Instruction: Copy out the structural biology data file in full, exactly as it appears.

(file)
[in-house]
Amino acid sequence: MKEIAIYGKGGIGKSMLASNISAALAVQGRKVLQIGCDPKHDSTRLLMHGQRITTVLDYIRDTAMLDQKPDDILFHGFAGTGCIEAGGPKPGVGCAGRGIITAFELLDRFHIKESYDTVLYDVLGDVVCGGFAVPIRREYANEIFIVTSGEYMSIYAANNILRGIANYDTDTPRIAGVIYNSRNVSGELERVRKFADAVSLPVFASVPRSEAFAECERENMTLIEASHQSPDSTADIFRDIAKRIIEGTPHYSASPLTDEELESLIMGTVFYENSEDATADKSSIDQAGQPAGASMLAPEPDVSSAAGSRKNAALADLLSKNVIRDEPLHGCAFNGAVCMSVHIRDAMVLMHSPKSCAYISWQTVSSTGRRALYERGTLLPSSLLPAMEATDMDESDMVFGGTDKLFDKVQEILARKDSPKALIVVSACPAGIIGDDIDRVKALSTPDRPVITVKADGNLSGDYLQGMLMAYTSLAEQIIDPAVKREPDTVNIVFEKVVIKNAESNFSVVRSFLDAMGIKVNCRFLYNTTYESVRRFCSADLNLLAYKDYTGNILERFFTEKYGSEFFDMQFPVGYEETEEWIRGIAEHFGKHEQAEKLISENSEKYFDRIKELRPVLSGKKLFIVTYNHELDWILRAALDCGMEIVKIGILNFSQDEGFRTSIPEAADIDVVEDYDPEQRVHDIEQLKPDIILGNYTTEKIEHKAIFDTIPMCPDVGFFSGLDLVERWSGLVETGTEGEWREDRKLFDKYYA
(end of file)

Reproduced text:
[in-house]
Amino acid sequence: MKEIAIYGKGGIGKSMLASNISAALAVQGRKVLQIGCDPKHDSTRLLMHGQRITTVLDYIRDTAMLDQKPDDILFHGFAGTGCIEAGGPKPGVGCAGRGIITAFELLDRFHIKESYDTVLYDVLGDVVCGGFAVPIRREYANEIFIVTSGEYMSIYAANNILRGIANYDTDTPRIAGVIYNSRNVSGELERVRKFADAVSLPVFASVPRSEAFAECERENMTLIEASHQSPDSTADIFRDIAKRIIEGTPHYSASPLTDEELESLIMGTVFYENSEDATADKSSIDQAGQPAGASMLAPEPDVSSAAGSRKNAALADLLSKNVIRDEPLHGCAFNGAVCMSVHIRDAMVLMHSPKSCAYISWQTVSSTGRRALYERGTLLPSSLLPAMEATDMDESDMVFGGTDKLFDKVQEILARKDSPKALIVVSACPAGIIGDDIDRVKALSTPDRPVITVKADGNLSGDYLQGMLMAYTSLAEQIIDPAVKREPDTVNIVFEKVVIKNAESNFSVVRSFLDAMGIKVNCRFLYNTTYESVRRFCSADLNLLAYKDYTGNILERFFTEKYGSEFFDMQFPVGYEETEEWIRGIAEHFGKHEQAEKLISENSEKYFDRIKELRPVLSGKKLFIVTYNHELDWILRAALDCGMEIVKIGILNFSQDEGFRTSIPEAADIDVVEDYDPEQRVHDIEQLKPDIILGNYTTEKIEHKAIFDTIPMCPDVGFFSGLDLVERWSGLVETGTEGEWREDRKLFDKYYA